Wednesday, November 30, 2016

Moving Forward From The 2016 Election...

Peggy Guggenheim collection, Venice, Italy
I continue to noodle and ponder the outcome of the 2016 Presidential election ...

I have been having some tough conversations with others who supported Trump as well as Clinton as I am sure many of you are. There are a lot of tension, wounds (some self-inflicted), uneasiness, resentment and anger. Distrust is rampant toward everything, including 140+ "fake" news sources, and everybody. We are creating an unhealthy, toxic environment for ourselves and for others.

It is up to each of us to stop it.

Consider the ageless wisdom of The Four Agreements by don Miguel Ruiz:

    1. Be impeccable with your word. Speak with integrity. Keep your promises. Be sincere. Be reliable. Make sure what is written on your resume is verifiable and truthful. Be compassionate in conversation with others.

   2. Don't take anything personally. What people say and do is a projection of their reality. Their perception may not be reality. What is their reality is not your reality. To embrace someone else's reality is to suffer.

   3. Don't make assumptions. Ask questions. Ask more questions. Seek to understand before being understood. This one practice can reduce conflict and suffering. Avoiding assumptions can be transformative. 

   4. Always do your best. Be your best. Give your best. By always doing, being and giving your best, you avoid self-deception and the unawareness of what's beyond ourselves.

Ruiz's writing is the second greatest commandment of the Christian faith in detail, "Love your neighbor as yourself." (Matthew 22:39, NIV). Don't take that concept neighbor lightly. Recognize your neighbor is the person who voted opposite of you. Recognize your neighbor is the person who didn't vote. Recognize your neighbor is the 'least of these.' Recognize your neighbor is the immigrant, the Muslim, the LGBTQ. Recognize your neighbor is marginally informed. Recognize your neighbor is the 'other.' That is a very tough challenge and yet it is what Christ did. He modeled the way and asked those who follow Him to do the same.  

I put faith before politics. I put my neighbor before my politics. I do not see Jesus Christ being a Republican, a Democrat, a Libertarian, a Socialist or a Communist. He didn't come to take sides, yet many will justify Christ supporting their political view. If you can justify Christ supporting your political view then you believe the Constitution holds more wisdom than the Gospel and when you die, you are going to Washington, DC.

Second, part of this commandment is even tougher for me - love myself first with all my scars, failures, brokenness, imperfections, and delusions ... so I can love my neighbor. As the late Brennan Manning wrote in The Ragamuffin Gospel, "To live by grace means to acknowledge my whole life story, the light side and the dark. In admitting my shadow side, I learn who I am and what God's grace means. As Thomas Merton put it, 'A saint is not someone who is good but who experiences the goodness of God.'"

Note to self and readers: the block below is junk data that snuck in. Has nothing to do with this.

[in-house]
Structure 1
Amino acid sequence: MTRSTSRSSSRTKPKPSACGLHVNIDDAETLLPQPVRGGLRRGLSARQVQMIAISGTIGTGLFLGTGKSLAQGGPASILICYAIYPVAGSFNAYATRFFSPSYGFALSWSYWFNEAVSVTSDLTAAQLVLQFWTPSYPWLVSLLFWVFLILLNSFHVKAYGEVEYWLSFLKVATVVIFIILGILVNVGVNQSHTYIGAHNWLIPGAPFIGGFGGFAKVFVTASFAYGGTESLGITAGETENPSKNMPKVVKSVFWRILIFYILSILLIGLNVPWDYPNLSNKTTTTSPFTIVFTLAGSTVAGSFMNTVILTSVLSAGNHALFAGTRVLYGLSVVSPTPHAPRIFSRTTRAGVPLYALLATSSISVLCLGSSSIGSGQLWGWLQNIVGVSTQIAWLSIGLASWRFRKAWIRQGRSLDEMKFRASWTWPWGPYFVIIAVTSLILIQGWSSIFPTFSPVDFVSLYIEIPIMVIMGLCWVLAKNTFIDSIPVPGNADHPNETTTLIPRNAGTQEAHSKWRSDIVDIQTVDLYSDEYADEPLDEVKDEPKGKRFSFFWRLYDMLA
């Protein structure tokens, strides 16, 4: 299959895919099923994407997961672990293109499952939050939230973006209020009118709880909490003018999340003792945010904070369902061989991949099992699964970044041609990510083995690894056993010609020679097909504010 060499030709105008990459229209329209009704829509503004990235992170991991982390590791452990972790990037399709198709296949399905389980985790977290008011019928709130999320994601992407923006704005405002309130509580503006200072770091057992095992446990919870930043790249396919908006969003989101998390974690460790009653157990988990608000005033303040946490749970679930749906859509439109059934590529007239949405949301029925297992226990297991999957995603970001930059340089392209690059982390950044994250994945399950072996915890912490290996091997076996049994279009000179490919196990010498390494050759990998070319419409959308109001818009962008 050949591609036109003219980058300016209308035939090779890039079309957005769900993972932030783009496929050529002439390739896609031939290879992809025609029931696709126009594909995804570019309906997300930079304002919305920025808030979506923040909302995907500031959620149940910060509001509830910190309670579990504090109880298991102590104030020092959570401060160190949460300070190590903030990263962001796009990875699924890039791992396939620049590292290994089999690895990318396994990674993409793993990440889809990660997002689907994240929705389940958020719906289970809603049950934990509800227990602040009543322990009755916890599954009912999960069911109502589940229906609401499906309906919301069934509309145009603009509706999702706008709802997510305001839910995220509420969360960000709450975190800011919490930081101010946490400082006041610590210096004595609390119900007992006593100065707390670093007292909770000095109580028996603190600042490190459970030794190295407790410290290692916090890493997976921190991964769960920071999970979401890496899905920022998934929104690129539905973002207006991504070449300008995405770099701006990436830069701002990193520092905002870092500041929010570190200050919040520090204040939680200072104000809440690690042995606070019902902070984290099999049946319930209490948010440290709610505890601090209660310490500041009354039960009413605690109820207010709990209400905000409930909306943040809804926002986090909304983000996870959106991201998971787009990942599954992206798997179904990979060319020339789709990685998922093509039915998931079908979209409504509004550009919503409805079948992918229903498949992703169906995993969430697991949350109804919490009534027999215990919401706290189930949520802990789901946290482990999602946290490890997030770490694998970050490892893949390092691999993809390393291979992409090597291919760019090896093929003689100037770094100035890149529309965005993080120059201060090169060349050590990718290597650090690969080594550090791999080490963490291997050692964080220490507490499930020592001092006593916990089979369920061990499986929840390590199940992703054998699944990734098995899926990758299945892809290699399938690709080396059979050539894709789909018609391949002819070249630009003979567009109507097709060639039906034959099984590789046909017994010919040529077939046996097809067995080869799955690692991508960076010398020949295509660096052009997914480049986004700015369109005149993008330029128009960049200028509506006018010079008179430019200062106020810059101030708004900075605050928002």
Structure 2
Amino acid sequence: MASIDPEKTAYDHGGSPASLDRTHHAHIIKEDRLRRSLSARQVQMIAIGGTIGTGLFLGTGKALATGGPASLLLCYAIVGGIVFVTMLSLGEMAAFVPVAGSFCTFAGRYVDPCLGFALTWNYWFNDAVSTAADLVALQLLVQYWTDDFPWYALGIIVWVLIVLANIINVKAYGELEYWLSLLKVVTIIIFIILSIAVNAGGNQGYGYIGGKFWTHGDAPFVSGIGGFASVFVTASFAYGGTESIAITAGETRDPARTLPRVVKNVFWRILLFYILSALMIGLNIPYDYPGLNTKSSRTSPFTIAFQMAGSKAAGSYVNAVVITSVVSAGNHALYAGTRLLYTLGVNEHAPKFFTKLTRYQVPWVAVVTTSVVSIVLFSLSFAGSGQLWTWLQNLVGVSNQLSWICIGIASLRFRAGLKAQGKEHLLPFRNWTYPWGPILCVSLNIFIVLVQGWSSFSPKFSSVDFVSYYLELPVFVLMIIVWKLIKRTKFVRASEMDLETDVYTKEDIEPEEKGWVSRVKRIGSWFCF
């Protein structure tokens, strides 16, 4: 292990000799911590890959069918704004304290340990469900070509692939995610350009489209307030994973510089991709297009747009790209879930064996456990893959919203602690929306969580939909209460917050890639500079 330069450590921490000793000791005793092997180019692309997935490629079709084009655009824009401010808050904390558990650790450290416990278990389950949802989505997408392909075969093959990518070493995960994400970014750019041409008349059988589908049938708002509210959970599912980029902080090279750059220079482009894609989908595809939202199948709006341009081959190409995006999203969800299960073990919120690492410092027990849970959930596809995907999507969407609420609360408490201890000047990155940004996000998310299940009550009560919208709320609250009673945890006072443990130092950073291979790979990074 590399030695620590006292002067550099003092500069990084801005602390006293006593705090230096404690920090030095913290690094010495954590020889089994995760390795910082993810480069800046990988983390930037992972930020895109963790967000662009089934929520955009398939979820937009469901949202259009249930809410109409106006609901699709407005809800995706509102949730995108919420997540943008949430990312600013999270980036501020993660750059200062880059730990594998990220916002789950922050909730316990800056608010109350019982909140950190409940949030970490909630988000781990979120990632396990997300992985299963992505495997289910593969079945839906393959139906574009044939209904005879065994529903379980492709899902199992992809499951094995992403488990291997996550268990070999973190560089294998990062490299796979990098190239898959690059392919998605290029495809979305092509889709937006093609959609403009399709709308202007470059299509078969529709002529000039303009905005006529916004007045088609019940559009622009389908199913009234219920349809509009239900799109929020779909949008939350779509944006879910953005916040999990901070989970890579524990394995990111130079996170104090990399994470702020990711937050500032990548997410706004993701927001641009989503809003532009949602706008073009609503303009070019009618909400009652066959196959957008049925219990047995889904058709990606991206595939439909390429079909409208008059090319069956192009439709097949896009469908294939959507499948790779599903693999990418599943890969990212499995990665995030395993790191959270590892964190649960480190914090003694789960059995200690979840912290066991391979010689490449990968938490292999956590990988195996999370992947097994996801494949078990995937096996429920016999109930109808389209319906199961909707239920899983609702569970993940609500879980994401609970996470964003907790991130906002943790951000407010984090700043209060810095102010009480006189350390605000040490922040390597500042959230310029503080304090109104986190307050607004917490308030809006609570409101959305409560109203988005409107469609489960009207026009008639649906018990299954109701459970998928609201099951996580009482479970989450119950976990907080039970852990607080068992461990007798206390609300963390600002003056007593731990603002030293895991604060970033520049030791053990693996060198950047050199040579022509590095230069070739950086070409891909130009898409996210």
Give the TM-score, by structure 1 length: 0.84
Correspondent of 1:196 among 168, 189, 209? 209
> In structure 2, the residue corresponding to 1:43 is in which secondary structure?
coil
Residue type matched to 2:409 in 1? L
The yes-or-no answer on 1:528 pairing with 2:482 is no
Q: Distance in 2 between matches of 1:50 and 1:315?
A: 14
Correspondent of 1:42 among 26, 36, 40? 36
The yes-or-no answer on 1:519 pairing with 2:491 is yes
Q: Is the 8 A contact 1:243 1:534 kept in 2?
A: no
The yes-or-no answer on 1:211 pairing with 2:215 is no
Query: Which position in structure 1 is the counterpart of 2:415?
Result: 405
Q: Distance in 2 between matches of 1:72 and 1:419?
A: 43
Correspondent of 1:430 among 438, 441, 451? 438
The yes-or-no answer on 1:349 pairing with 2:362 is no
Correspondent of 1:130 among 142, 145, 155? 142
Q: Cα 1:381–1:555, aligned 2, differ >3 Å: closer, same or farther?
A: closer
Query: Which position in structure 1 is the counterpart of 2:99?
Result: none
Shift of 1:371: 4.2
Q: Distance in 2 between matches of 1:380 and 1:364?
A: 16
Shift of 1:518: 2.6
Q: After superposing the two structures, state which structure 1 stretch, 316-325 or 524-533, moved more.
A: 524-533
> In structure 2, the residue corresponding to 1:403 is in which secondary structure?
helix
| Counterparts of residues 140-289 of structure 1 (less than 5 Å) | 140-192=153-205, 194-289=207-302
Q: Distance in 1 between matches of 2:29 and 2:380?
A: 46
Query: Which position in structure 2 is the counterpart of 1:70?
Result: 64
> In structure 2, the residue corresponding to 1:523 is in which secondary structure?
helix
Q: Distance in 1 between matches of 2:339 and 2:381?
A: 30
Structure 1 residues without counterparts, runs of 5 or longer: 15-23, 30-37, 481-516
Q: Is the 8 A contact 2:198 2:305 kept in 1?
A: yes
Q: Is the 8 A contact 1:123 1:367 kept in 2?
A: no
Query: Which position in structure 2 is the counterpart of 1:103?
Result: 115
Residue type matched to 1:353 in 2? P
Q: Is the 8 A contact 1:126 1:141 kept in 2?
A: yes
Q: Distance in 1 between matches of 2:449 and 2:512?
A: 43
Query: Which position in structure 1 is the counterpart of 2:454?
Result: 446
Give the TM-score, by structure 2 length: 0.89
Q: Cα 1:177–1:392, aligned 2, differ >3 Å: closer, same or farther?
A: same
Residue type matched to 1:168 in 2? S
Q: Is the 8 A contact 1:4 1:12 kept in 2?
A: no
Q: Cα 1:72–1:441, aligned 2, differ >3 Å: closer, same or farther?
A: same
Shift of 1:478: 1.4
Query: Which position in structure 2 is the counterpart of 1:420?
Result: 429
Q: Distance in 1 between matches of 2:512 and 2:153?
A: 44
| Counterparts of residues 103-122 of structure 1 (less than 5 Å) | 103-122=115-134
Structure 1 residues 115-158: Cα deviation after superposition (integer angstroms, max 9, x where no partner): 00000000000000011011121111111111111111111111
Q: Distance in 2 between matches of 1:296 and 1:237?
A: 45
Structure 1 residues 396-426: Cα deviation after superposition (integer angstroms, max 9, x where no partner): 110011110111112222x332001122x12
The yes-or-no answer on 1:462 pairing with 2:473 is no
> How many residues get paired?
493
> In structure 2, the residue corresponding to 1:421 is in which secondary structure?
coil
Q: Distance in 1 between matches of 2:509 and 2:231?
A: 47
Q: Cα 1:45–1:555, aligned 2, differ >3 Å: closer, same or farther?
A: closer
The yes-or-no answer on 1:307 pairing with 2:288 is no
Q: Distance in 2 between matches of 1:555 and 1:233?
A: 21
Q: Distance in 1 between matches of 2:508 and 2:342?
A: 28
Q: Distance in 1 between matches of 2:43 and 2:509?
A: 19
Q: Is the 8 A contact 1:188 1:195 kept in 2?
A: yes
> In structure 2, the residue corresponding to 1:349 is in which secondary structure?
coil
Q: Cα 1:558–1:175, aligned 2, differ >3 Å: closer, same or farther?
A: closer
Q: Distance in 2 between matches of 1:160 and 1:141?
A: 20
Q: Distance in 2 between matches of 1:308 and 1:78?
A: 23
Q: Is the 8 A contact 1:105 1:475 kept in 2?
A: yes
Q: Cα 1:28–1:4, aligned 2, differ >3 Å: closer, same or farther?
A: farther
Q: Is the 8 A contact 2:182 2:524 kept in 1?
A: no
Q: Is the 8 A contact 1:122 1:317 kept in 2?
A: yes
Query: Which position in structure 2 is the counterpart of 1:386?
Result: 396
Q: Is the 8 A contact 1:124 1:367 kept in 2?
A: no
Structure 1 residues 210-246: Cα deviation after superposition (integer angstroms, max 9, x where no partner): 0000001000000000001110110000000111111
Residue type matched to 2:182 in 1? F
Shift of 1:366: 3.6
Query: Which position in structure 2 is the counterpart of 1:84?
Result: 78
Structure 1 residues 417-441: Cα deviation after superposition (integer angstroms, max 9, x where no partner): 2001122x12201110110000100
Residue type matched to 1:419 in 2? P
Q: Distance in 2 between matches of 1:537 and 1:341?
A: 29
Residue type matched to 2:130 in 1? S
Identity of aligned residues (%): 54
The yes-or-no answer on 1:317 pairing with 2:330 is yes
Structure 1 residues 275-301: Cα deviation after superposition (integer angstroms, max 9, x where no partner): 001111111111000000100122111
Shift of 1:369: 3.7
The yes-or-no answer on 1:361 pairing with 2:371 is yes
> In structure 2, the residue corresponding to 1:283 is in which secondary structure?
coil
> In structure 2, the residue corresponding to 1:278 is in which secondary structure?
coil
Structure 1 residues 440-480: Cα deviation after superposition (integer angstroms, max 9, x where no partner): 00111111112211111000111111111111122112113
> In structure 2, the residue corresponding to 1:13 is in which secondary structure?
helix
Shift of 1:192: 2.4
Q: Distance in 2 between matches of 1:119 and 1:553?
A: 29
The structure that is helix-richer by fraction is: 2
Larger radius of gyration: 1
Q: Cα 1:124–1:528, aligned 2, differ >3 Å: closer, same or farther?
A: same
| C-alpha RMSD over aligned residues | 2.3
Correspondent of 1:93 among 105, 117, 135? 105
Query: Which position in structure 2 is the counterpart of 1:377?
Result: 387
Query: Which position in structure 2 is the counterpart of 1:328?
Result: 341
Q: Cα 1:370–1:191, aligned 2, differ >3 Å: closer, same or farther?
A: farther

To love myself just as I am, is to be open and vulnerable. Openness and vulnerability means asking questions and listening rather than telling and ignoring. We all live in a state of being marginally informed. No one has a monopoly on knowledge, information, facts and truth, including the talking heads on radio, television and social media. We would all benefit from being a lot more curious and questioning than assuming and judging based upon our marginal knowledge. 

Another very tough scripture I'm trying to live into from this 2016 Presidential election is from 1 Thessalonians 5:18 "give thanks in all circumstances." How do you give thanks for the fire that destroyed your home? How do you give thanks for being without a job? How do you give thanks for the candidate you did not vote for? How do you give thanks for depression?

Mitford series author, Jan Karon, In This Mountain, has her main character, Father Tim, deal with depression. It's from 1 Thessalonians 5:18 that Father Tim finds solace and peace to deal with his depression. Father Tim experiences deeper gratitude for his life and what is in his life. Furthermore, he discovers more compassion for others. 

I submit to you, The Four Agreements, loving yourself just as you are so you can love others, and Thessalonians 5:18 may be the healing balm we need moving forward from this election. 

Saturday, November 12, 2016

Continued Processing of 2016 Presidential Election

I received a lot of feedback from my last blog post of 11/9/16, Fear Just Won the Election. Some of it positive and supportive. Some of it negative and hurtful. Some asked to be removed from my blog mail list. I am still processing the outcome of this election. Here are responses to some to comments I have received.

"How would you offer the phrases if the word Faith was in front?"

I have a very difficult time understanding how those of a strong Christian faith could justify and support Trump as their candidate. Some of my brothers and sisters in Christ who support Trump strongly value a woman's sexuality as sacred. So how do they enthusiastically embrace a man who sexually assaults women, degrades women, and calls them obscenities? When I study Matthew 5, I see no following of Jesus' teaching in Trump's words or behavior.